Measuring and managing carbon early in the design process is crucial for achieving carbon-efficient buildings. Unlike the limitations of late-stage assessments, a strategic start allows for setting low-carbon baselines, streamlines compliance, exceeds stakeholder expectations, saves on costs, and significantly cuts emissions.
The Secret to Carbon-Efficient Buildings: An Early Start!
The secret to creating a carbon-efficient, as-built building is not shrouded in complex jargon or inaccessible technology. It's all about timing, and starting early is the key.
Although it may seem straightforward, the early consideration of carbon is far from standard practice within the Architecture, Engineering, and Construction (AEC) sector. And this oversight is not just a missed opportunity, but a detriment to our environment! By waiting until the late technical design stages to perform the first carbon assessment, the industry habitually bypasses substantial carbon reduction opportunities. This results in buildings with unnecessarily high carbon impacts — a significant issue given our perilously low carbon budget.
It's time to tighten up the purse strings!
Strategic Starts vs. Late Limitations
When you delay carbon assessments and optioneering to the technical design stages, you will continually face late-stage limitations and fall victim to constrained carbon reduction and redesign choices. Such limitations are the result of major carbon reduction opportunities (which are only present in early design) being missed, and they put all of the pressure on the procurement of sustainable materials. Moreover, this approach can lead to extended planning approval timelines due to inadequate carbon insights and therefore delay projects significantly.
In contrast, a strategic start opens the door to infinite iterations of design possibilities, allowing teams to choose the lowest-carbon design that still meets all of the functional requirements of the project. Teams can then set ambitious carbon targets from the outset and have baseline figures to constantly refer back to. Early consideration of materials and building systems also informs smarter budgeting and planning, enabling more streamlined stakeholder decision-making. In addition, integrating carbon assessments and optioneering into early design paves the way for comfortable compliance by satisfying pre-application carbon requirements, something that planning authorities are increasingly adopting.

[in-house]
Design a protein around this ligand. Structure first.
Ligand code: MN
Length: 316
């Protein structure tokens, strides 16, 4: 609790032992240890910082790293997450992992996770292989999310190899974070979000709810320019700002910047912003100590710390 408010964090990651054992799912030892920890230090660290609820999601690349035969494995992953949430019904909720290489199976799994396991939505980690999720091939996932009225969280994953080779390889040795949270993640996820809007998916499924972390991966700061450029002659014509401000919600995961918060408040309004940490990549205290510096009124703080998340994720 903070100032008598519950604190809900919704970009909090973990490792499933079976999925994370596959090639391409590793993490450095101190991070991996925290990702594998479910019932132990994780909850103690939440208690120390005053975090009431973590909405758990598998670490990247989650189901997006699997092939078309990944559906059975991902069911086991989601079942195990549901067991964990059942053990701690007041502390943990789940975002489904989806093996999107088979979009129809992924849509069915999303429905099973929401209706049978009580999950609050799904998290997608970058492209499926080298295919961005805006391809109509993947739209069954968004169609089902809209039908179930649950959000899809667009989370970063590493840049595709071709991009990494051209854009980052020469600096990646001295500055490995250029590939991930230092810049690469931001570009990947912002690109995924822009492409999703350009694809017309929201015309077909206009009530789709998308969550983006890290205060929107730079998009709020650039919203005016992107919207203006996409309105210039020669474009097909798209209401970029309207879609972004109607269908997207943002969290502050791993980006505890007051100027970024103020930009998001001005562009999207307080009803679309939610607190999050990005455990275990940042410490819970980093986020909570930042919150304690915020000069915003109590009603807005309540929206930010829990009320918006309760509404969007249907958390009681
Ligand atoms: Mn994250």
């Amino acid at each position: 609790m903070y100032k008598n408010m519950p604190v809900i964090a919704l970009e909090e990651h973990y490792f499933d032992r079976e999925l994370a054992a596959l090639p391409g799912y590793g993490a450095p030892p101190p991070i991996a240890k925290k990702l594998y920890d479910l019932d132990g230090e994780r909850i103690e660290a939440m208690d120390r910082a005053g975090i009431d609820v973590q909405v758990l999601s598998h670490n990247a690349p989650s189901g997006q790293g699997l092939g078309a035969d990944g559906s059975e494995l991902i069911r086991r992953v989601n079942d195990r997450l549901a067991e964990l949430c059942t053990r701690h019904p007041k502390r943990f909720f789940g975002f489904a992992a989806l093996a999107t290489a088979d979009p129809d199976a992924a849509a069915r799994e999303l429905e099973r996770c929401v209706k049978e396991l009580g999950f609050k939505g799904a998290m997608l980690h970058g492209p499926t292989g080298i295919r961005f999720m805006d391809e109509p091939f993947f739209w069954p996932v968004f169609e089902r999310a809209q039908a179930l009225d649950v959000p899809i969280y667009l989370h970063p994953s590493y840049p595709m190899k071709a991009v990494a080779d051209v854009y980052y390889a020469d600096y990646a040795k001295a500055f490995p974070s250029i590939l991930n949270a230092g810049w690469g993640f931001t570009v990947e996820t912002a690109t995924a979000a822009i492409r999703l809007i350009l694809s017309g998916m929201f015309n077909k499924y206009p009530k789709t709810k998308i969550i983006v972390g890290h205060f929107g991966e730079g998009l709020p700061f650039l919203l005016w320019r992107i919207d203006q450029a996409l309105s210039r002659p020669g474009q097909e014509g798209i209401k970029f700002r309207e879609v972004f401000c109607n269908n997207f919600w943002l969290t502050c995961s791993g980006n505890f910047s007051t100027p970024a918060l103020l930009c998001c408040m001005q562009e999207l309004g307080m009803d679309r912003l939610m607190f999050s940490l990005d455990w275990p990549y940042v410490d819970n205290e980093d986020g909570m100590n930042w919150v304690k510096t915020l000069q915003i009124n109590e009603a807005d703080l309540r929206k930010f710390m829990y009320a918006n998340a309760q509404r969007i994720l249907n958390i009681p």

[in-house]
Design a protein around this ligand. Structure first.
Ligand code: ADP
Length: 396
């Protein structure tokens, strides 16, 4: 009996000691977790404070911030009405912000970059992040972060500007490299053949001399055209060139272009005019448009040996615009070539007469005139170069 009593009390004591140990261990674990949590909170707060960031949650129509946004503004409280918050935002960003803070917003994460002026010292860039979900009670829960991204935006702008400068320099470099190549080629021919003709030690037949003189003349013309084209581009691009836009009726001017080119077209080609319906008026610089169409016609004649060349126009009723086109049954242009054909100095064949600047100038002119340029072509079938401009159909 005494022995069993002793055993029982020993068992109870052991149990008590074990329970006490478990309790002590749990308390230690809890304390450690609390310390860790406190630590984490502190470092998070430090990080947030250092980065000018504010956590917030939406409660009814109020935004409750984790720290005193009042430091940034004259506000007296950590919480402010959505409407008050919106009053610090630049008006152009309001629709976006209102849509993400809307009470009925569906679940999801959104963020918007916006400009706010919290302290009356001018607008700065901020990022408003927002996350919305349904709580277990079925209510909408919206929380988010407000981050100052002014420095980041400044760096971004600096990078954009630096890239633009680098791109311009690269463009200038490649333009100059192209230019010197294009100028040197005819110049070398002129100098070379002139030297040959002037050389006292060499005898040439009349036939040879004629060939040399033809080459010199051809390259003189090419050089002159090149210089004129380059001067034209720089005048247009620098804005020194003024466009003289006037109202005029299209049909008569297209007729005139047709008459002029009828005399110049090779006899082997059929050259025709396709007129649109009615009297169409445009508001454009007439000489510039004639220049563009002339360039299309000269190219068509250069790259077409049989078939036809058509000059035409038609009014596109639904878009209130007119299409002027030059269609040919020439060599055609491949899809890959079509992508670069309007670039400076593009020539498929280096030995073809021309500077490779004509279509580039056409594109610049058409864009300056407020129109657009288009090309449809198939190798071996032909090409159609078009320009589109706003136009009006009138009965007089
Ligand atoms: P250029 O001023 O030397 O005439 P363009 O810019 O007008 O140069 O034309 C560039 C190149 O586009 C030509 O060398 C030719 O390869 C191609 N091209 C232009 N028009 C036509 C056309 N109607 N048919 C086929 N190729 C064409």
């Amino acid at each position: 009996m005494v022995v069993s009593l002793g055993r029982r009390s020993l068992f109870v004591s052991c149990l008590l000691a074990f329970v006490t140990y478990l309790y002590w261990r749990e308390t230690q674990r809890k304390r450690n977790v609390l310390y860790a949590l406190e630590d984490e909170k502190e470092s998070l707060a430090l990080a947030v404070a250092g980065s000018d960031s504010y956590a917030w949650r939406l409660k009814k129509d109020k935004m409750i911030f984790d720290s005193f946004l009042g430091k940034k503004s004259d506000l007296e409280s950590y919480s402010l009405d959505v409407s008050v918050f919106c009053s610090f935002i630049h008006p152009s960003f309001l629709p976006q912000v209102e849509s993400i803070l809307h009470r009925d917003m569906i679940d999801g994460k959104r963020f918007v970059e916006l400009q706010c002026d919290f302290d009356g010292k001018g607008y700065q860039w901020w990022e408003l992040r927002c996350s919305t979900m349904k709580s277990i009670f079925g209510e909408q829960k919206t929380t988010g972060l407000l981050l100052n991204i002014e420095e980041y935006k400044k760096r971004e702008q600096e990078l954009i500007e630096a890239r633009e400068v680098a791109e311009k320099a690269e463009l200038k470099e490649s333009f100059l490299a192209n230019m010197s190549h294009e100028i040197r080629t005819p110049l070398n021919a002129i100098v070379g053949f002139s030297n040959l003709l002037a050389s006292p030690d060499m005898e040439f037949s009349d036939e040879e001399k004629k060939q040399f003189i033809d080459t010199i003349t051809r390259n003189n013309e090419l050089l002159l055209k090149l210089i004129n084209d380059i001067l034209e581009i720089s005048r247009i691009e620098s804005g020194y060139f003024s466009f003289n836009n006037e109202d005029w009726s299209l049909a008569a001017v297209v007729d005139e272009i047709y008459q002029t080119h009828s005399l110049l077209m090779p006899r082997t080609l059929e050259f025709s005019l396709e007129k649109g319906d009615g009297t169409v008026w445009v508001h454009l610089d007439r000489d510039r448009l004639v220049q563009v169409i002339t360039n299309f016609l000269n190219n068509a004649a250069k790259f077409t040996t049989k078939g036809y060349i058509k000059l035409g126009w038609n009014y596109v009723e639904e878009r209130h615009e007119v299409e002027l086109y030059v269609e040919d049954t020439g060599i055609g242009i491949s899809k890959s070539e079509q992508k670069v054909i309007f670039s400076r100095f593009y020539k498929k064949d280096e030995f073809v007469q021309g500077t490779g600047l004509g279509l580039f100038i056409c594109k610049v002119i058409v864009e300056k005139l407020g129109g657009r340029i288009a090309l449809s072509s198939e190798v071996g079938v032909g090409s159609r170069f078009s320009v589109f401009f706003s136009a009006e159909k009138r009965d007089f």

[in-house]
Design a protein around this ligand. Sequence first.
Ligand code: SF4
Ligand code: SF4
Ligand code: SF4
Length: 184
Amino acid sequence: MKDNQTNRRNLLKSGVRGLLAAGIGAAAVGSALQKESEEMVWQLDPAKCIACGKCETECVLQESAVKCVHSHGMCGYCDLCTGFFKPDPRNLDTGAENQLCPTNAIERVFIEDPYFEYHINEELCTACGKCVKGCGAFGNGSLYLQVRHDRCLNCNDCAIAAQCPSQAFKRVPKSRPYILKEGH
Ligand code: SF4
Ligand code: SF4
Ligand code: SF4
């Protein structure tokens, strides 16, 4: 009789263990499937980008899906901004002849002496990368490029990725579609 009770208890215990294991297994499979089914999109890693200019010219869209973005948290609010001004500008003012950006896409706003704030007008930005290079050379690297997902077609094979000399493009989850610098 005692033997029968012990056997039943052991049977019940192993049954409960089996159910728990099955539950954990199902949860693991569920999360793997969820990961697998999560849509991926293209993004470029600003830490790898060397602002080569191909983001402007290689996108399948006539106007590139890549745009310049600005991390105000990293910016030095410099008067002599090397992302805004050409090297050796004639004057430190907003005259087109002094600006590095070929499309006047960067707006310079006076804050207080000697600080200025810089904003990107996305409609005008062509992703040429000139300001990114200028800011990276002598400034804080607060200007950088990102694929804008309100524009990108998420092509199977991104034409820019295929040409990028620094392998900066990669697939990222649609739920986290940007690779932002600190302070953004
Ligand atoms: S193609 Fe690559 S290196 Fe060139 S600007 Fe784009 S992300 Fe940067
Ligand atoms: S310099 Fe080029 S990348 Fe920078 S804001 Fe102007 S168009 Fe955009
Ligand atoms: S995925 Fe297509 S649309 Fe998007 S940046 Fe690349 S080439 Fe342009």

Integrating Whole Life Carbon Assessments and Design Optioneering
Therefore, integrating whole life carbon assessments and design optioneering into the early stages of design, especially during the conceptual phase, is crucial. This period is when design choices are most fluid and significant emissions can be avoided, thus simplifying downstream design processes.
Starting early with carbon management allows teams to:
Set a Low-Carbon Baseline: Establishing a low-carbon baseline at the beginning of a project ensures that all subsequent design decisions support a carbon-efficient outcome.
Simpler Planning Compliance: Early carbon management streamlines the compliance process, making it far less cumbersome.
Exceed Stakeholder Expectations: By setting ambitious carbon reduction targets based on your baseline impacts, you not only meet but exceed the expectations of stakeholders who are increasingly demanding sustainable buildings.
Save on Downstream Costs: Design revisions can be costly. An early start reduces the need for significant changes later, saving on downstream design revision costs.
Significant Emission Reductions: Most importantly, early carbon management cuts significant embodied carbon emissions, contributing to the global effort to combat climate change.
There's No Time to Waste
As we face the urgency of the climate crisis, the AEC industry must adopt a proactive approach to carbon management. The next time a project is initiated, remember that there's no time to waste. Early carbon management helps set a low-carbon baseline, simplifies compliance, exceeds stakeholder expectations, saves downstream costs, and crucially cuts emissions.
Adopting this approach isn't just about building better; it's about building right. For the sake of our environment, our communities, and our future, let's make the strategic start the new best practice!
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